Sam has a background in communications for small charities, including Humanitarian Aid Relief Trust, bringing experience in communicating with a range of audiences and supporting vulnerable people to speak out. She holds a Masters in The Politics of Conflict, Rights and Justice from SOAS.

Carenza Arnold
Fundraising and Communications Officer

Carenza has worked with people seeking asylum and refugees since university where she was President of the Student Action for Refugees society, and part of the Refugee Action team welcoming refugees under the Vulnerable Persons Resettlement Scheme across Liverpool and Merseyside. She has worked in human rights and international development charities and holds an MA in International Relations and Security from the University of Liverpool.

Rosemary Lane
Grants Fundraising Officer

Rosemary has worked for many years in helping voluntary and community sector organisations become resilient in the face of changing environments. She brings to her current role at WRW wide-ranging strategic planning and project management experience from a background of ESOL, FE senior management and subsequently VCS network-building across Greater Manchester. She has considerable experience of working with refugees and people seeking asylum in the education context and currently mentors a women’s empowerment project in Manchester.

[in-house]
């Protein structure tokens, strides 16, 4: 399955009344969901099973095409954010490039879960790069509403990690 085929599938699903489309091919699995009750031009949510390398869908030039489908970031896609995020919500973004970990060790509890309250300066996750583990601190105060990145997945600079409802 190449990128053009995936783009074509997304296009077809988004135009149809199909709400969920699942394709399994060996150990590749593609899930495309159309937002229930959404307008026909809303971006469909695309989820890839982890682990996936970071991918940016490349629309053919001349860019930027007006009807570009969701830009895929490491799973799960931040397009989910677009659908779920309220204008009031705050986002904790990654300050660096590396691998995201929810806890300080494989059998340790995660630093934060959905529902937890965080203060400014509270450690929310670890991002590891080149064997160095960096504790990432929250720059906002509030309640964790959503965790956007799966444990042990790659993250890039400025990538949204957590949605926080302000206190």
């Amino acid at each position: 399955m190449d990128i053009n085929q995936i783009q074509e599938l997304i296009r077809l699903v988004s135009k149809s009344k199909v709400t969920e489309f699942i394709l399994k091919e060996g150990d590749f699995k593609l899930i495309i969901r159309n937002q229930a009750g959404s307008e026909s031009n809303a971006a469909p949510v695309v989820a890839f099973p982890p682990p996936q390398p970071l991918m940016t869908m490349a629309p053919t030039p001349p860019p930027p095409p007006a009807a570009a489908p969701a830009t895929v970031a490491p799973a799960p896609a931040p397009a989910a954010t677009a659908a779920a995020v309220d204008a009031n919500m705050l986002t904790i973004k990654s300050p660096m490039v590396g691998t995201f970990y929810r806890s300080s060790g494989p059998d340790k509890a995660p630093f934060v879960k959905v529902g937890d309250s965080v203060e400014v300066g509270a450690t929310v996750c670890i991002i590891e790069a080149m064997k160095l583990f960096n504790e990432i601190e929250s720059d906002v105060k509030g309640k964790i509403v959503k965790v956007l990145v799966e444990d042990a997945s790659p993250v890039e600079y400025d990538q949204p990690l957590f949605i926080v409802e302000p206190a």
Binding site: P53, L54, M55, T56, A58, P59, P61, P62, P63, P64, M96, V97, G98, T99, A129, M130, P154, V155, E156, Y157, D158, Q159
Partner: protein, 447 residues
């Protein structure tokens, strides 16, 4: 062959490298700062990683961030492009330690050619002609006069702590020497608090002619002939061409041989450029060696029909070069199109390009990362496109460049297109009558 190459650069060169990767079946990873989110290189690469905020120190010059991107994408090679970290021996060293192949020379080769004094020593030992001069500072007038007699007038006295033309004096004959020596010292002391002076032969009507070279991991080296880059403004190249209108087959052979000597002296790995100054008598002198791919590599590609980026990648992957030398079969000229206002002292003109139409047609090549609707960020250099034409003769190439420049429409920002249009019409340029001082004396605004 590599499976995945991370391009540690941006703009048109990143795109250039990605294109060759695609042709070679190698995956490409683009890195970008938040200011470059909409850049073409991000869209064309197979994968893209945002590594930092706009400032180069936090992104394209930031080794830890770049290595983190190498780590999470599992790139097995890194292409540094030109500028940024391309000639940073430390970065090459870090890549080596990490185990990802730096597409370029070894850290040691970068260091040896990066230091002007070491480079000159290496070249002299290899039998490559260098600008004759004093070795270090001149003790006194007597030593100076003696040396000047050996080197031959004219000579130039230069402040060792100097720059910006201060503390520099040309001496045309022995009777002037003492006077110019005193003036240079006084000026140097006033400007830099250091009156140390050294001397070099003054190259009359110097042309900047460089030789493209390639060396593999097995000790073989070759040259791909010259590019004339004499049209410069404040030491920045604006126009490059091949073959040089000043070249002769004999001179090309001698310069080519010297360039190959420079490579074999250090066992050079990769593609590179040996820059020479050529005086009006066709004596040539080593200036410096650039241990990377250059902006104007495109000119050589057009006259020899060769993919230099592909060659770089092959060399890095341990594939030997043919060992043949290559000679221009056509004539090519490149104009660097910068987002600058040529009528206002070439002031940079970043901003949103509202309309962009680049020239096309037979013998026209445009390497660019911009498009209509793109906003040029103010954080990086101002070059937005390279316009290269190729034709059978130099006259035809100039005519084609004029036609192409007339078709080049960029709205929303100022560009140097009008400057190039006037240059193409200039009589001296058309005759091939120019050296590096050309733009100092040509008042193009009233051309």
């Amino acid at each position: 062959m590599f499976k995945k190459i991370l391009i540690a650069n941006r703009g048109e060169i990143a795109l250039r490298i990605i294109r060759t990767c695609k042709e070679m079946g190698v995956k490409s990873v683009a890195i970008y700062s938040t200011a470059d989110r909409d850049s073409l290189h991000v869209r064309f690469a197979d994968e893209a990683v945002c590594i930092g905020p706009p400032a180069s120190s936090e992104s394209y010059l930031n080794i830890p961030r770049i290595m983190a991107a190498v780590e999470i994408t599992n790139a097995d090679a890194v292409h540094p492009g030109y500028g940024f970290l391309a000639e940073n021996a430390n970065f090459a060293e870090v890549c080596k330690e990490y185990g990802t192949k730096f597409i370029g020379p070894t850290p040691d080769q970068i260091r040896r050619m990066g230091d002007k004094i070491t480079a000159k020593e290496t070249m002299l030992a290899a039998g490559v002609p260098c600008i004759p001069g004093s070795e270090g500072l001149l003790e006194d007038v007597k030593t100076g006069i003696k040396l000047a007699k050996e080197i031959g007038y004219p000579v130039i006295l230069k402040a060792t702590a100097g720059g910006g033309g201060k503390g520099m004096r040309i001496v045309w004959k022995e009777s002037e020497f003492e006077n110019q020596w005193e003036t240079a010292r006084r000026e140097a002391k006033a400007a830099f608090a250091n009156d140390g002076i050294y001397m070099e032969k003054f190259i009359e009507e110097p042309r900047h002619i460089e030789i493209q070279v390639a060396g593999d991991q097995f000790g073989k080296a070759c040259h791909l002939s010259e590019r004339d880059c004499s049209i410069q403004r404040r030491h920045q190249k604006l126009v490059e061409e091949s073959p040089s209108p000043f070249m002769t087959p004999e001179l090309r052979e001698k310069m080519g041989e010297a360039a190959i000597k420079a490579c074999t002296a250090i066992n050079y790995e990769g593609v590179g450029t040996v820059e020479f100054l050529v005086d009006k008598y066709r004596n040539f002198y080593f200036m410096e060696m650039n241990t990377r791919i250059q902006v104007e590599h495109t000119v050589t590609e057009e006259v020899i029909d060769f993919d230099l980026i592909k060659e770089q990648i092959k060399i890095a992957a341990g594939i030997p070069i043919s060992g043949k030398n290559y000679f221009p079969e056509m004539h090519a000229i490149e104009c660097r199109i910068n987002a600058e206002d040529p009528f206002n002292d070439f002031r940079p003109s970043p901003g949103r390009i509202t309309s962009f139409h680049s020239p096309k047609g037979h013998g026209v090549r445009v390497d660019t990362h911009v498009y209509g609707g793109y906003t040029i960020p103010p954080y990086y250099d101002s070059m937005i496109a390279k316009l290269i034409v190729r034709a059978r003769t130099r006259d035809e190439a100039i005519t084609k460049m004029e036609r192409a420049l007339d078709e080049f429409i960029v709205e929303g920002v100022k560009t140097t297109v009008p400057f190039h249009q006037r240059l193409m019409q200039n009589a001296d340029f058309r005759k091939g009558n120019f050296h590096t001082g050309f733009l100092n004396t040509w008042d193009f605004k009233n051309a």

Women for Refugee Women Staff Rebecca Hayes Laughton

Rebecca Hayes Laughton
Drama and Performance Facilitator (freelance)

Rebecca leads the drama programme at Women for Refugee Women, supporting the women in our network as they learn and build creative and performance skills. Weekly sessions work towards regular performances, and are also a place to relax, build confidence, express ourselves and prepare for campaigning events.

After a twenty year career in TV management at the BBC, ITV and Channel 4, Rebecca is now a Visiting Lecturer and PhD Researcher at Royal Central School of Speech and Drama (University of London), and is a freelancer also working on various other performance projects with newly arrived people in the UK.

Sarah Cope
Campaigns and Research Officer (freelance)

Sarah has been involved with many environmental and social justice campaigns. As well as working on campaigns and research at Women for Refugee Women, she also runs our ‘Rainbow Sisters’ group for lesbian, bisexual and trans women, and non-binary people seeking asylum..